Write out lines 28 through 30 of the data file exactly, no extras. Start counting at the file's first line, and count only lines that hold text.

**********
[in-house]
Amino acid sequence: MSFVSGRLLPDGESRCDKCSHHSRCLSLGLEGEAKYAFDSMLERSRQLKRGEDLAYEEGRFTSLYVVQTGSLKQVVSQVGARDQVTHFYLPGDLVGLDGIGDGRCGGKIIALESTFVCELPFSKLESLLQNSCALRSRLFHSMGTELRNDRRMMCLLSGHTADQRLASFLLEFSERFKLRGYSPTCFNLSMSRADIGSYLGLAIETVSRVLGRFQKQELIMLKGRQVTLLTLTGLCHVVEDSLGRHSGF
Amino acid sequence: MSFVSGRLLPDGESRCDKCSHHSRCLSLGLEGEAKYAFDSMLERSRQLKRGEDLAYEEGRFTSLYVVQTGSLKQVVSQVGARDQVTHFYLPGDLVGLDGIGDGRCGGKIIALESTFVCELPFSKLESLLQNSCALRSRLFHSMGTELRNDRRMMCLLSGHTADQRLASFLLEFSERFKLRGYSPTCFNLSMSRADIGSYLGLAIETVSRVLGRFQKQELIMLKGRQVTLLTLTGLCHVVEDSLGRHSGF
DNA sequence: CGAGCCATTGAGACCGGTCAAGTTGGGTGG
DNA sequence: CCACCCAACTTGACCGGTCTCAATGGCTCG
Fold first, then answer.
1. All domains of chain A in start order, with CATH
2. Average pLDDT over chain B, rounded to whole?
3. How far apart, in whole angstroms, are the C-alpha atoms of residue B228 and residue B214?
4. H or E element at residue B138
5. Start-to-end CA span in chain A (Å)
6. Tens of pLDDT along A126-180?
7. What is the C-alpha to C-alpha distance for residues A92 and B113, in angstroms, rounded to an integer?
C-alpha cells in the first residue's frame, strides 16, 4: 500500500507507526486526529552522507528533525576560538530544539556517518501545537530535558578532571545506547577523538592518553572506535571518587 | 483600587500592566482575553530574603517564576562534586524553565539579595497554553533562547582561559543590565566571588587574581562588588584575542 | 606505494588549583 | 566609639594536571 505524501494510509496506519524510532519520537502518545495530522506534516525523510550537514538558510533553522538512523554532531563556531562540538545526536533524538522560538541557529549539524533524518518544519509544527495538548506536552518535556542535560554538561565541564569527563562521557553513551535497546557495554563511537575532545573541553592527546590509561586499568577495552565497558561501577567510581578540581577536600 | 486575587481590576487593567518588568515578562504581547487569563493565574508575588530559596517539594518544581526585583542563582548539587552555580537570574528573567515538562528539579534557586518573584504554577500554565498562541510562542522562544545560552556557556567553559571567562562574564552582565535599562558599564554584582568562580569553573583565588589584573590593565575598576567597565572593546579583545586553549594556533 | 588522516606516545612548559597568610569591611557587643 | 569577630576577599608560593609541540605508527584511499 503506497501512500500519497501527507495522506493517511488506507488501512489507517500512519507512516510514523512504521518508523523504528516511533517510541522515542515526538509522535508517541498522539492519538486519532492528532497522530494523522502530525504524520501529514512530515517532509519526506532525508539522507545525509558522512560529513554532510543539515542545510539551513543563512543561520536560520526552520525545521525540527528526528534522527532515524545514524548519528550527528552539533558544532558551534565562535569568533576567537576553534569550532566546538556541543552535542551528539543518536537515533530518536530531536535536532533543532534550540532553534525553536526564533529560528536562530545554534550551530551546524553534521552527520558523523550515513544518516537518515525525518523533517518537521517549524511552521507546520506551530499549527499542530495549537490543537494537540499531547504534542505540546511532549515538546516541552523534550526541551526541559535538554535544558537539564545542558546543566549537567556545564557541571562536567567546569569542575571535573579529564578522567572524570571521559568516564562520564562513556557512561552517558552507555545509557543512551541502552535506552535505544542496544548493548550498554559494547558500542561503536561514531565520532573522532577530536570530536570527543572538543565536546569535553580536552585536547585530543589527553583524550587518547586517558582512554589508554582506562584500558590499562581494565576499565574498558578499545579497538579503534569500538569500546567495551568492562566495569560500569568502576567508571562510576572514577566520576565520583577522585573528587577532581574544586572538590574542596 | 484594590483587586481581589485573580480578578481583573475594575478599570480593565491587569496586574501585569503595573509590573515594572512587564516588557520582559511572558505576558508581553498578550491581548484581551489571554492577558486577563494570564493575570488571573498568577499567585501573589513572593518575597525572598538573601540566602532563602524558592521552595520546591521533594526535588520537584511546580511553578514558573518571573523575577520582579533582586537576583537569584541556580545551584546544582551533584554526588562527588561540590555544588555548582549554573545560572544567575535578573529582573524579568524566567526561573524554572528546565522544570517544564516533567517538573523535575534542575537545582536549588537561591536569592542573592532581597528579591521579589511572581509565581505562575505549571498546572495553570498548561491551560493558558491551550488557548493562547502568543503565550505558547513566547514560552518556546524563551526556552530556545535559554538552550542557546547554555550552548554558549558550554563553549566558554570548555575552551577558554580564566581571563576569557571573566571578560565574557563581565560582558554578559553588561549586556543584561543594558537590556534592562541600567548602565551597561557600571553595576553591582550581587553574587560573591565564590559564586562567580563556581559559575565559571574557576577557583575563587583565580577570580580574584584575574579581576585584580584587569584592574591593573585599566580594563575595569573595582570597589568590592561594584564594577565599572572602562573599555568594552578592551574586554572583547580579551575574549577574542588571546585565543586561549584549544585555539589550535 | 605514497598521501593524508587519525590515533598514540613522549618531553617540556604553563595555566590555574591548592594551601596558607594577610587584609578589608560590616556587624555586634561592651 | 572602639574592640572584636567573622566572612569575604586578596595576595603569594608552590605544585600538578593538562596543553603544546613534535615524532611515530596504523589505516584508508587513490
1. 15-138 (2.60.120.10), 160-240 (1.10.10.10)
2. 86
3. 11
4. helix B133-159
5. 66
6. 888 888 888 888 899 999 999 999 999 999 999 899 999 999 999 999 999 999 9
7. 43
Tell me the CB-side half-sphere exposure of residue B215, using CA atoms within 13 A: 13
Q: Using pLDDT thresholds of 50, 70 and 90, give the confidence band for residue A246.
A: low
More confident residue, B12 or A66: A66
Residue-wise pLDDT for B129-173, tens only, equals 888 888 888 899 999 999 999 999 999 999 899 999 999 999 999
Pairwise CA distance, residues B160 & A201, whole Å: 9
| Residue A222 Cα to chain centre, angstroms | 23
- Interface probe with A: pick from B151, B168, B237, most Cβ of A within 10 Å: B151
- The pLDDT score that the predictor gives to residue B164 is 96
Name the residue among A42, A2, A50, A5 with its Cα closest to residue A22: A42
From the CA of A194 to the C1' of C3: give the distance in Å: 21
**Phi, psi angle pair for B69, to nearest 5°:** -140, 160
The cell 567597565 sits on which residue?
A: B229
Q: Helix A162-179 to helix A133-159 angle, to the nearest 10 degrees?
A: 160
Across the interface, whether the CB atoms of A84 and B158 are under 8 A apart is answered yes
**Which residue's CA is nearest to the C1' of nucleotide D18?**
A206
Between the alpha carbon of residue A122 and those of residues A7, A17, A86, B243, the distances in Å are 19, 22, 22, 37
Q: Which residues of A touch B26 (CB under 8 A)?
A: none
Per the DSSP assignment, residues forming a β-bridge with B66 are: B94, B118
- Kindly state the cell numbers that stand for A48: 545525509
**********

| Residue A222 Cα to chain centre, angstroms | 23
- Interface probe with A: pick from B151, B168, B237, most Cβ of A within 10 Å: B151
- The pLDDT score that the predictor gives to residue B164 is 96